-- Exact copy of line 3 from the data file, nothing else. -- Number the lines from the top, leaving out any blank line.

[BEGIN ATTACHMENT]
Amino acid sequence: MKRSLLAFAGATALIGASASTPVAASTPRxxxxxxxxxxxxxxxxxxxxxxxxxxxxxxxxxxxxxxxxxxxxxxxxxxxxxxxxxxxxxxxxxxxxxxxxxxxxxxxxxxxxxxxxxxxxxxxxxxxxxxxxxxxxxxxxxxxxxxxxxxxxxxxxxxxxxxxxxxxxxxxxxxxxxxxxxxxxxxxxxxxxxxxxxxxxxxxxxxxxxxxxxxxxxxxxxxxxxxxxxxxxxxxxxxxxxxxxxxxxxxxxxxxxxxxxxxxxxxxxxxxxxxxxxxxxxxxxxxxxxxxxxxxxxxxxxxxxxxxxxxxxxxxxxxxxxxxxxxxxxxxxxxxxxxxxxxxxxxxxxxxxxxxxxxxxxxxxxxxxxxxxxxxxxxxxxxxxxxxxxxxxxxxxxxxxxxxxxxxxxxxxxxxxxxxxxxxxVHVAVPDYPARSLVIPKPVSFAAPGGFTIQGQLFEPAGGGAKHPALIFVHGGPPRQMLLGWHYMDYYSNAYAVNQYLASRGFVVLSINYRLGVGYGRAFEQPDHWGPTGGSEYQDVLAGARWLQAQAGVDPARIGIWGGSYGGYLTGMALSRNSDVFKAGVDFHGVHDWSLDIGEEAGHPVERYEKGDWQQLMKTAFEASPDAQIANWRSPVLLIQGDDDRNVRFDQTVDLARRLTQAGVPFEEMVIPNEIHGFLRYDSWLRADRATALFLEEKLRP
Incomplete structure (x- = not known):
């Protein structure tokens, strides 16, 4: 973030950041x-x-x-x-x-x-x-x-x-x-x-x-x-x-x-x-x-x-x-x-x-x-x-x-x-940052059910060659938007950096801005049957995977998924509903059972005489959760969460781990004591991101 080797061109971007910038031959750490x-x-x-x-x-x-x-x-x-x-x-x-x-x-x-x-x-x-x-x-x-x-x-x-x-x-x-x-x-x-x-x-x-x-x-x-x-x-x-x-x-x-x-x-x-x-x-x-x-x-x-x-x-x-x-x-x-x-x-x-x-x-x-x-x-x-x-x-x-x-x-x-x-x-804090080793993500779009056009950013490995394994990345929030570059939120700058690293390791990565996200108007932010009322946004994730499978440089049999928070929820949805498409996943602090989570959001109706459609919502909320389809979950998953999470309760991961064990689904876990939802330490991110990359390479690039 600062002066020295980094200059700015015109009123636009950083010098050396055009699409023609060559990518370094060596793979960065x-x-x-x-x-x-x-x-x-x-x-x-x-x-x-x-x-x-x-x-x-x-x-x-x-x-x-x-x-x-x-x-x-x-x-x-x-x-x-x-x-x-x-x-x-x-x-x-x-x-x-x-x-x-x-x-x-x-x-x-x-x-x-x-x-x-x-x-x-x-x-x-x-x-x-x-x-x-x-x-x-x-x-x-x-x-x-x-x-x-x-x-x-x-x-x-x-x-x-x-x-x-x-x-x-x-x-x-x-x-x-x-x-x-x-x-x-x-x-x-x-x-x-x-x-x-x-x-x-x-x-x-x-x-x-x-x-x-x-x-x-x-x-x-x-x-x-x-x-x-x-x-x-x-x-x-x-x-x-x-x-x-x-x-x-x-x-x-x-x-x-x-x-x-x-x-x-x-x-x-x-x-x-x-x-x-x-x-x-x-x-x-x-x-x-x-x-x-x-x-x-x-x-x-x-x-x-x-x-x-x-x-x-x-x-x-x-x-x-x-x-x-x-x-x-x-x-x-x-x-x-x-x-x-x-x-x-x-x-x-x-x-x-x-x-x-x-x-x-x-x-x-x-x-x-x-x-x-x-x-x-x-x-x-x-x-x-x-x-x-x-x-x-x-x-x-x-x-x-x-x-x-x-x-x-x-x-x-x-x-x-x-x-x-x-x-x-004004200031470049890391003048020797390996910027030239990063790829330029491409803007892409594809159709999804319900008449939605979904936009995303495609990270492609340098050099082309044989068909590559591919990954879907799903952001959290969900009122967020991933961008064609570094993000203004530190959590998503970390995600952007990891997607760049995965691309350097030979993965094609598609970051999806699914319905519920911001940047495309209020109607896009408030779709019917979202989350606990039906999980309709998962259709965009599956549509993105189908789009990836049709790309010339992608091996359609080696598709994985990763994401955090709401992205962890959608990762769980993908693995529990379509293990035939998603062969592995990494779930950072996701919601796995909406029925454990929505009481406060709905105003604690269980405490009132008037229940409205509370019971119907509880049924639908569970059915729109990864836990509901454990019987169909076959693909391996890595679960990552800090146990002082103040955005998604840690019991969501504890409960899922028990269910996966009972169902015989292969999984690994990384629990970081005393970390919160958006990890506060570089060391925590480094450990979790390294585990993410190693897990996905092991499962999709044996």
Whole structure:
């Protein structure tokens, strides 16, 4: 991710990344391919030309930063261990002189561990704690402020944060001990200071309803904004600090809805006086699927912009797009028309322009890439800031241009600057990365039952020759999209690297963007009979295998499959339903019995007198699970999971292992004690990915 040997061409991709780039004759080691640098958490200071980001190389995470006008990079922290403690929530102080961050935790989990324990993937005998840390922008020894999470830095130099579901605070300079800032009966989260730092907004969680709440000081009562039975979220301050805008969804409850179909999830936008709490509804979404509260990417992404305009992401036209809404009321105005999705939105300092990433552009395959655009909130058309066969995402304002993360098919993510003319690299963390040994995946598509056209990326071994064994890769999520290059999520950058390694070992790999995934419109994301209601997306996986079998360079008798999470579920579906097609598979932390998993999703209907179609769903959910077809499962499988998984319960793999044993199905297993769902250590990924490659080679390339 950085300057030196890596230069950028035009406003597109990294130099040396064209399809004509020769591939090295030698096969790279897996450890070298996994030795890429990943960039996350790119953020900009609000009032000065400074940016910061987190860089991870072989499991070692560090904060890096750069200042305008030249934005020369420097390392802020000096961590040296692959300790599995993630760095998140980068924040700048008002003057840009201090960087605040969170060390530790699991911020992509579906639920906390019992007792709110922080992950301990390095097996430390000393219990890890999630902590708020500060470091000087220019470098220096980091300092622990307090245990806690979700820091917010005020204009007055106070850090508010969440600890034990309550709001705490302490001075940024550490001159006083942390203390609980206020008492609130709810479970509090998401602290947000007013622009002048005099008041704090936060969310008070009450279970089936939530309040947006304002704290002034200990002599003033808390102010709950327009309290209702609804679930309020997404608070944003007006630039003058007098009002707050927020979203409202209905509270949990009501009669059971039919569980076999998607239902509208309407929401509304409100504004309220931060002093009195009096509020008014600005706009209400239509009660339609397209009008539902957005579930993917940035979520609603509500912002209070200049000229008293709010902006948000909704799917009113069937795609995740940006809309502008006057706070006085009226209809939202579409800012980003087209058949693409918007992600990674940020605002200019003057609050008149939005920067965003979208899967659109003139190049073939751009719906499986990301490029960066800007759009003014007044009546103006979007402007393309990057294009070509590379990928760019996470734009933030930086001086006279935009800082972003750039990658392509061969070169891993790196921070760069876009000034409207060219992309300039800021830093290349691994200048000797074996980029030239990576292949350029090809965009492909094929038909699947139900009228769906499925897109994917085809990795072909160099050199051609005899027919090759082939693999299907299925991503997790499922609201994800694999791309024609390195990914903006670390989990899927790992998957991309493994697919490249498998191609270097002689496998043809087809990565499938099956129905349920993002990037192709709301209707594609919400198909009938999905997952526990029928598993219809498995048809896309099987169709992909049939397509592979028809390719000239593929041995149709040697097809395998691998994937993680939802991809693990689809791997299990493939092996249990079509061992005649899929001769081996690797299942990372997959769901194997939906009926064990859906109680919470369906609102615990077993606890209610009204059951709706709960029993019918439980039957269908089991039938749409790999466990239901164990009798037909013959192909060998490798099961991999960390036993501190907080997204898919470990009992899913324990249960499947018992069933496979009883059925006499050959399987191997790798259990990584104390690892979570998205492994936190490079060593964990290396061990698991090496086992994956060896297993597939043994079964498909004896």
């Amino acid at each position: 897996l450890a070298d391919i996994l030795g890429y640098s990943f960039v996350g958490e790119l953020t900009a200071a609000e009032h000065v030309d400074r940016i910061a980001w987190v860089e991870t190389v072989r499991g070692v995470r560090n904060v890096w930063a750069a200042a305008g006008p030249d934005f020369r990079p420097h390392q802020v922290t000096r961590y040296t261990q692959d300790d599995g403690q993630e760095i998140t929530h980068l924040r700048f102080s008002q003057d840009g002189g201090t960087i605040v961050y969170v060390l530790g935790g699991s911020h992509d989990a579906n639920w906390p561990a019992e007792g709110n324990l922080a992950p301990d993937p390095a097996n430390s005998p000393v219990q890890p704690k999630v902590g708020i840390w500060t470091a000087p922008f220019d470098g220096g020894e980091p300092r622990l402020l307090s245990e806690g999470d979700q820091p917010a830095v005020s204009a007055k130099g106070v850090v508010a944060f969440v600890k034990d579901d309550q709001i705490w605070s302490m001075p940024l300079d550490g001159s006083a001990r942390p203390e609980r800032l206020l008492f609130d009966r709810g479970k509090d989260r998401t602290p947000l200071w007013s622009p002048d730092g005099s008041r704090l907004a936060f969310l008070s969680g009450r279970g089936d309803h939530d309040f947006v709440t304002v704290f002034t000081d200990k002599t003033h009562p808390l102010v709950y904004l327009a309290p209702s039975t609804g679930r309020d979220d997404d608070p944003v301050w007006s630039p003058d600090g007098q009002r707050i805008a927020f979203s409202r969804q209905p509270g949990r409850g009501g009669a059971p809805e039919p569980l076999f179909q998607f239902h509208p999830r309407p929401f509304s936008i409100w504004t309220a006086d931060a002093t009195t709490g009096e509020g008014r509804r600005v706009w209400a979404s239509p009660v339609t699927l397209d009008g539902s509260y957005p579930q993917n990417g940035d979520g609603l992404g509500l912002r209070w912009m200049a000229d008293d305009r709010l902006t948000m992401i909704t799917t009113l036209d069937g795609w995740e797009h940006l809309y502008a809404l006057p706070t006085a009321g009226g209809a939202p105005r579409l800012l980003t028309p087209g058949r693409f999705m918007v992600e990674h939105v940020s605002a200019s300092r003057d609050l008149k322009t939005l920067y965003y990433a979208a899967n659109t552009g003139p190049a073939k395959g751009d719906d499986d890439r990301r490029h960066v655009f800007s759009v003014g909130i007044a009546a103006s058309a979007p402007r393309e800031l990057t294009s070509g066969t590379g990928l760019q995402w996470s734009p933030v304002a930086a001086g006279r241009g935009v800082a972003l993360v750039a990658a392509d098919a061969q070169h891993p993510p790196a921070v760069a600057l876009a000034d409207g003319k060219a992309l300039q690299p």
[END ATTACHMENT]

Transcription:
């Protein structure tokens, strides 16, 4: 973030950041x-x-x-x-x-x-x-x-x-x-x-x-x-x-x-x-x-x-x-x-x-x-x-x-x-940052059910060659938007950096801005049957995977998924509903059972005489959760969460781990004591991101 080797061109971007910038031959750490x-x-x-x-x-x-x-x-x-x-x-x-x-x-x-x-x-x-x-x-x-x-x-x-x-x-x-x-x-x-x-x-x-x-x-x-x-x-x-x-x-x-x-x-x-x-x-x-x-x-x-x-x-x-x-x-x-x-x-x-x-x-x-x-x-x-x-x-x-x-x-x-x-x-804090080793993500779009056009950013490995394994990345929030570059939120700058690293390791990565996200108007932010009322946004994730499978440089049999928070929820949805498409996943602090989570959001109706459609919502909320389809979950998953999470309760991961064990689904876990939802330490991110990359390479690039 600062002066020295980094200059700015015109009123636009950083010098050396055009699409023609060559990518370094060596793979960065x-x-x-x-x-x-x-x-x-x-x-x-x-x-x-x-x-x-x-x-x-x-x-x-x-x-x-x-x-x-x-x-x-x-x-x-x-x-x-x-x-x-x-x-x-x-x-x-x-x-x-x-x-x-x-x-x-x-x-x-x-x-x-x-x-x-x-x-x-x-x-x-x-x-x-x-x-x-x-x-x-x-x-x-x-x-x-x-x-x-x-x-x-x-x-x-x-x-x-x-x-x-x-x-x-x-x-x-x-x-x-x-x-x-x-x-x-x-x-x-x-x-x-x-x-x-x-x-x-x-x-x-x-x-x-x-x-x-x-x-x-x-x-x-x-x-x-x-x-x-x-x-x-x-x-x-x-x-x-x-x-x-x-x-x-x-x-x-x-x-x-x-x-x-x-x-x-x-x-x-x-x-x-x-x-x-x-x-x-x-x-x-x-x-x-x-x-x-x-x-x-x-x-x-x-x-x-x-x-x-x-x-x-x-x-x-x-x-x-x-x-x-x-x-x-x-x-x-x-x-x-x-x-x-x-x-x-x-x-x-x-x-x-x-x-x-x-x-x-x-x-x-x-x-x-x-x-x-x-x-x-x-x-x-x-x-x-x-x-x-x-x-x-x-x-x-x-x-x-x-x-x-x-x-x-x-x-x-x-x-x-x-x-x-x-x-x-004004200031470049890391003048020797390996910027030239990063790829330029491409803007892409594809159709999804319900008449939605979904936009995303495609990270492609340098050099082309044989068909590559591919990954879907799903952001959290969900009122967020991933961008064609570094993000203004530190959590998503970390995600952007990891997607760049995965691309350097030979993965094609598609970051999806699914319905519920911001940047495309209020109607896009408030779709019917979202989350606990039906999980309709998962259709965009599956549509993105189908789009990836049709790309010339992608091996359609080696598709994985990763994401955090709401992205962890959608990762769980993908693995529990379509293990035939998603062969592995990494779930950072996701919601796995909406029925454990929505009481406060709905105003604690269980405490009132008037229940409205509370019971119907509880049924639908569970059915729109990864836990509901454990019987169909076959693909391996890595679960990552800090146990002082103040955005998604840690019991969501504890409960899922028990269910996966009972169902015989292969999984690994990384629990970081005393970390919160958006990890506060570089060391925590480094450990979790390294585990993410190693897990996905092991499962999709044996």